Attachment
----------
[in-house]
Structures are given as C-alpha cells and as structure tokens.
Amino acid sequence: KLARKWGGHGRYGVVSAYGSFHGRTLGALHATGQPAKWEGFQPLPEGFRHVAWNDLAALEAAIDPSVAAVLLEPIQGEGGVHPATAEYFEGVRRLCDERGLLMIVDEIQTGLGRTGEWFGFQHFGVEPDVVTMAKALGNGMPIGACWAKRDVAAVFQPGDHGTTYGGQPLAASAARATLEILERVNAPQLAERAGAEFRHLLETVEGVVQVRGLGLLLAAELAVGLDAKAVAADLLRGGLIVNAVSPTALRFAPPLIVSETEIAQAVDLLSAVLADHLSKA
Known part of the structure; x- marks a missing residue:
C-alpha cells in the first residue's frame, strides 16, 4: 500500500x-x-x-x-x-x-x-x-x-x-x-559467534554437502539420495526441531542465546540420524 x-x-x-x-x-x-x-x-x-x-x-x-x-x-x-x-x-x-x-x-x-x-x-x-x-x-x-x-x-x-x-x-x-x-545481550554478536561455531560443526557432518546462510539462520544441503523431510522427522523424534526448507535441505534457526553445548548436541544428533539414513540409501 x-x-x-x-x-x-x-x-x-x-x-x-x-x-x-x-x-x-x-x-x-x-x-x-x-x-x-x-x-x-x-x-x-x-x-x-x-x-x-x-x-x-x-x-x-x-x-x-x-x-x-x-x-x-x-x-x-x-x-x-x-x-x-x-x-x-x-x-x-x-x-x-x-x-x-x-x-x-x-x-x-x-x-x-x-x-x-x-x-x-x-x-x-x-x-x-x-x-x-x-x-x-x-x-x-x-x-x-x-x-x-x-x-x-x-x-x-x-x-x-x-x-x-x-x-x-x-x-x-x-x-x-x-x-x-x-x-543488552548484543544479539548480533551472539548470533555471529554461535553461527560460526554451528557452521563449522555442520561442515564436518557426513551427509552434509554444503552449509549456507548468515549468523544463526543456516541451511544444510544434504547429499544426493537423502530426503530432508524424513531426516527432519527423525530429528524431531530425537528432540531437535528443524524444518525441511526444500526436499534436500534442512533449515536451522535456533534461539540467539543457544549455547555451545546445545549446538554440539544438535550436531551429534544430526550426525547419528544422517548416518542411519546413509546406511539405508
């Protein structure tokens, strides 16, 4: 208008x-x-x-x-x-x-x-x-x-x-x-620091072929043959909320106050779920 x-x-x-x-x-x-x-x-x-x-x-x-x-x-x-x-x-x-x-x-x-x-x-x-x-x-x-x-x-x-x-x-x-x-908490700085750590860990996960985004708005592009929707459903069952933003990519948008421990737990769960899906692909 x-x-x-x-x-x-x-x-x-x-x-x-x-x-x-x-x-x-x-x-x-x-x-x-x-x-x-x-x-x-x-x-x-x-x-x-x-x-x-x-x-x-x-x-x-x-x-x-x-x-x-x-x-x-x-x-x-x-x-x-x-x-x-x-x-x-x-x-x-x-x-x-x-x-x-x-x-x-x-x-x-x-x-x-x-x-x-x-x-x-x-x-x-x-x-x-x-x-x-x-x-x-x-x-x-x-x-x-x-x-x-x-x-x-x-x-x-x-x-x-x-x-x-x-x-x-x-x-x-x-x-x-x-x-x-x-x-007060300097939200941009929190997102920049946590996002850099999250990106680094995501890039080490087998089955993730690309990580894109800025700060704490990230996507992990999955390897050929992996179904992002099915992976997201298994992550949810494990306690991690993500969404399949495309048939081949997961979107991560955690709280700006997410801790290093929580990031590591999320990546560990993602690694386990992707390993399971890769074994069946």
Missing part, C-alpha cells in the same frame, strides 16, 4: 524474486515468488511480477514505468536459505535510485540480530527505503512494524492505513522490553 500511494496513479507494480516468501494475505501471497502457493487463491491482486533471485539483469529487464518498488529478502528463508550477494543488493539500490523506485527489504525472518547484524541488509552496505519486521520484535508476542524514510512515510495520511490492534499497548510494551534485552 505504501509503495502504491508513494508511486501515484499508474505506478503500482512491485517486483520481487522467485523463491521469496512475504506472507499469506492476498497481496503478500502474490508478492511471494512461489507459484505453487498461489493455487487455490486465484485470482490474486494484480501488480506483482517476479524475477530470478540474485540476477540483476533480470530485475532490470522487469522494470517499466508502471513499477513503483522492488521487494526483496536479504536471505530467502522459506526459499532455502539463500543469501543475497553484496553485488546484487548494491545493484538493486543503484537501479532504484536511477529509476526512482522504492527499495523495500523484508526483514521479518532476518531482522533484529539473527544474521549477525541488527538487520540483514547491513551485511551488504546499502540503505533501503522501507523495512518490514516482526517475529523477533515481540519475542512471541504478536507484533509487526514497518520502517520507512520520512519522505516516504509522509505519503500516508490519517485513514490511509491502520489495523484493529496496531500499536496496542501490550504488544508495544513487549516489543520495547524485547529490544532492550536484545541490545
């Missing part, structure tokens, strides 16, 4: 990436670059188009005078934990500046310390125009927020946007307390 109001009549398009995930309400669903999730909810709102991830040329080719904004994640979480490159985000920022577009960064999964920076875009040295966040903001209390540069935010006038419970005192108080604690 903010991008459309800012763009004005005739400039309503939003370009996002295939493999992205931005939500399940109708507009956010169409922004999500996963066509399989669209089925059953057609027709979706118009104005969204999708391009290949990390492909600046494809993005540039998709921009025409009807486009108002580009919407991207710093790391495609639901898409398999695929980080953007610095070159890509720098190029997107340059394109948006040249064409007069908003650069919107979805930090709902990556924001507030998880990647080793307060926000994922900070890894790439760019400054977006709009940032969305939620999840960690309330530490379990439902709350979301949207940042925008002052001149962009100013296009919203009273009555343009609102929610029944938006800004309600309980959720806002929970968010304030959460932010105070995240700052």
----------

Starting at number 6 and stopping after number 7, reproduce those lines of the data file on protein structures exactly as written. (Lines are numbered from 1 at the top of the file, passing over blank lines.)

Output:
């Protein structure tokens, strides 16, 4: 208008x-x-x-x-x-x-x-x-x-x-x-620091072929043959909320106050779920 x-x-x-x-x-x-x-x-x-x-x-x-x-x-x-x-x-x-x-x-x-x-x-x-x-x-x-x-x-x-x-x-x-x-908490700085750590860990996960985004708005592009929707459903069952933003990519948008421990737990769960899906692909 x-x-x-x-x-x-x-x-x-x-x-x-x-x-x-x-x-x-x-x-x-x-x-x-x-x-x-x-x-x-x-x-x-x-x-x-x-x-x-x-x-x-x-x-x-x-x-x-x-x-x-x-x-x-x-x-x-x-x-x-x-x-x-x-x-x-x-x-x-x-x-x-x-x-x-x-x-x-x-x-x-x-x-x-x-x-x-x-x-x-x-x-x-x-x-x-x-x-x-x-x-x-x-x-x-x-x-x-x-x-x-x-x-x-x-x-x-x-x-x-x-x-x-x-x-x-x-x-x-x-x-x-x-x-x-x-x-007060300097939200941009929190997102920049946590996002850099999250990106680094995501890039080490087998089955993730690309990580894109800025700060704490990230996507992990999955390897050929992996179904992002099915992976997201298994992550949810494990306690991690993500969404399949495309048939081949997961979107991560955690709280700006997410801790290093929580990031590591999320990546560990993602690694386990992707390993399971890769074994069946």
Missing part, C-alpha cells in the same frame, strides 16, 4: 524474486515468488511480477514505468536459505535510485540480530527505503512494524492505513522490553 500511494496513479507494480516468501494475505501471497502457493487463491491482486533471485539483469529487464518498488529478502528463508550477494543488493539500490523506485527489504525472518547484524541488509552496505519486521520484535508476542524514510512515510495520511490492534499497548510494551534485552 505504501509503495502504491508513494508511486501515484499508474505506478503500482512491485517486483520481487522467485523463491521469496512475504506472507499469506492476498497481496503478500502474490508478492511471494512461489507459484505453487498461489493455487487455490486465484485470482490474486494484480501488480506483482517476479524475477530470478540474485540476477540483476533480470530485475532490470522487469522494470517499466508502471513499477513503483522492488521487494526483496536479504536471505530467502522459506526459499532455502539463500543469501543475497553484496553485488546484487548494491545493484538493486543503484537501479532504484536511477529509476526512482522504492527499495523495500523484508526483514521479518532476518531482522533484529539473527544474521549477525541488527538487520540483514547491513551485511551488504546499502540503505533501503522501507523495512518490514516482526517475529523477533515481540519475542512471541504478536507484533509487526514497518520502517520507512520520512519522505516516504509522509505519503500516508490519517485513514490511509491502520489495523484493529496496531500499536496496542501490550504488544508495544513487549516489543520495547524485547529490544532492550536484545541490545